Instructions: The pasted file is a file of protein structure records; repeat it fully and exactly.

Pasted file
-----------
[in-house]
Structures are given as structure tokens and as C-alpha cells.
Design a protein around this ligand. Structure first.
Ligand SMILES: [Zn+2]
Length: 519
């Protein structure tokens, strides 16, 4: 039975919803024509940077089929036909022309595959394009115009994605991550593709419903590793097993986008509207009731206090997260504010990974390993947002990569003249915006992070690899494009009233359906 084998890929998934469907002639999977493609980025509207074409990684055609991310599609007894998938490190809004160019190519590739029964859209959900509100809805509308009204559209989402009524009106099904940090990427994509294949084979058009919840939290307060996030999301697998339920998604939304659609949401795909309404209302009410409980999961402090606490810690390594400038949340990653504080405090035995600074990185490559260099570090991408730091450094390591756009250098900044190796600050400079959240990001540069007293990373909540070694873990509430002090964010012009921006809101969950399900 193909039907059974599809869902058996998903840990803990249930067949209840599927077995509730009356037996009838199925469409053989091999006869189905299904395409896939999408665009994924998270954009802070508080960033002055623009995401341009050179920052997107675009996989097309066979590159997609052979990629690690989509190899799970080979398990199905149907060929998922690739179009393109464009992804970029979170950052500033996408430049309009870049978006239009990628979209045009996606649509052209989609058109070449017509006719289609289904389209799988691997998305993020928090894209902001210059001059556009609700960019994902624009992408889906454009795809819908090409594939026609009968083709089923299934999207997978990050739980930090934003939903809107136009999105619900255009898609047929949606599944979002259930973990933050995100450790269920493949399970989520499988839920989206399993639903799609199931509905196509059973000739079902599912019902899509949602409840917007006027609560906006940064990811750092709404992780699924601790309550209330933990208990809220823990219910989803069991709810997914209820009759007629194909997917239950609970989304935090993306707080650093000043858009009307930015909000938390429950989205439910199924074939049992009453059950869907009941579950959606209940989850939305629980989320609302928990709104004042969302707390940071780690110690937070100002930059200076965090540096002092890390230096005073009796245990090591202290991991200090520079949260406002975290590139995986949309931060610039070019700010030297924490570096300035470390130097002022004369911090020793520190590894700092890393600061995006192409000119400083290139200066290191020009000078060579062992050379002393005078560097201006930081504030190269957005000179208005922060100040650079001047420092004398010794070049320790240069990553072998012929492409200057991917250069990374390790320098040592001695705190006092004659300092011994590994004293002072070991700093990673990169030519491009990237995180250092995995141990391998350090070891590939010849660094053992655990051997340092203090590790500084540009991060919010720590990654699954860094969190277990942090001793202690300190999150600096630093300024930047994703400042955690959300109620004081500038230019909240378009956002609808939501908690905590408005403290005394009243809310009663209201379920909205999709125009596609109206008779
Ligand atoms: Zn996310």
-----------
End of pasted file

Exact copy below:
[in-house]
Structures are given as structure tokens and as C-alpha cells.
Design a protein around this ligand. Structure first.
Ligand SMILES: [Zn+2]
Length: 519
């Protein structure tokens, strides 16, 4: 039975919803024509940077089929036909022309595959394009115009994605991550593709419903590793097993986008509207009731206090997260504010990974390993947002990569003249915006992070690899494009009233359906 084998890929998934469907002639999977493609980025509207074409990684055609991310599609007894998938490190809004160019190519590739029964859209959900509100809805509308009204559209989402009524009106099904940090990427994509294949084979058009919840939290307060996030999301697998339920998604939304659609949401795909309404209302009410409980999961402090606490810690390594400038949340990653504080405090035995600074990185490559260099570090991408730091450094390591756009250098900044190796600050400079959240990001540069007293990373909540070694873990509430002090964010012009921006809101969950399900 193909039907059974599809869902058996998903840990803990249930067949209840599927077995509730009356037996009838199925469409053989091999006869189905299904395409896939999408665009994924998270954009802070508080960033002055623009995401341009050179920052997107675009996989097309066979590159997609052979990629690690989509190899799970080979398990199905149907060929998922690739179009393109464009992804970029979170950052500033996408430049309009870049978006239009990628979209045009996606649509052209989609058109070449017509006719289609289904389209799988691997998305993020928090894209902001210059001059556009609700960019994902624009992408889906454009795809819908090409594939026609009968083709089923299934999207997978990050739980930090934003939903809107136009999105619900255009898609047929949606599944979002259930973990933050995100450790269920493949399970989520499988839920989206399993639903799609199931509905196509059973000739079902599912019902899509949602409840917007006027609560906006940064990811750092709404992780699924601790309550209330933990208990809220823990219910989803069991709810997914209820009759007629194909997917239950609970989304935090993306707080650093000043858009009307930015909000938390429950989205439910199924074939049992009453059950869907009941579950959606209940989850939305629980989320609302928990709104004042969302707390940071780690110690937070100002930059200076965090540096002092890390230096005073009796245990090591202290991991200090520079949260406002975290590139995986949309931060610039070019700010030297924490570096300035470390130097002022004369911090020793520190590894700092890393600061995006192409000119400083290139200066290191020009000078060579062992050379002393005078560097201006930081504030190269957005000179208005922060100040650079001047420092004398010794070049320790240069990553072998012929492409200057991917250069990374390790320098040592001695705190006092004659300092011994590994004293002072070991700093990673990169030519491009990237995180250092995995141990391998350090070891590939010849660094053992655990051997340092203090590790500084540009991060919010720590990654699954860094969190277990942090001793202690300190999150600096630093300024930047994703400042955690959300109620004081500038230019909240378009956002609808939501908690905590408005403290005394009243809310009663209201379920909205999709125009596609109206008779
Ligand atoms: Zn996310």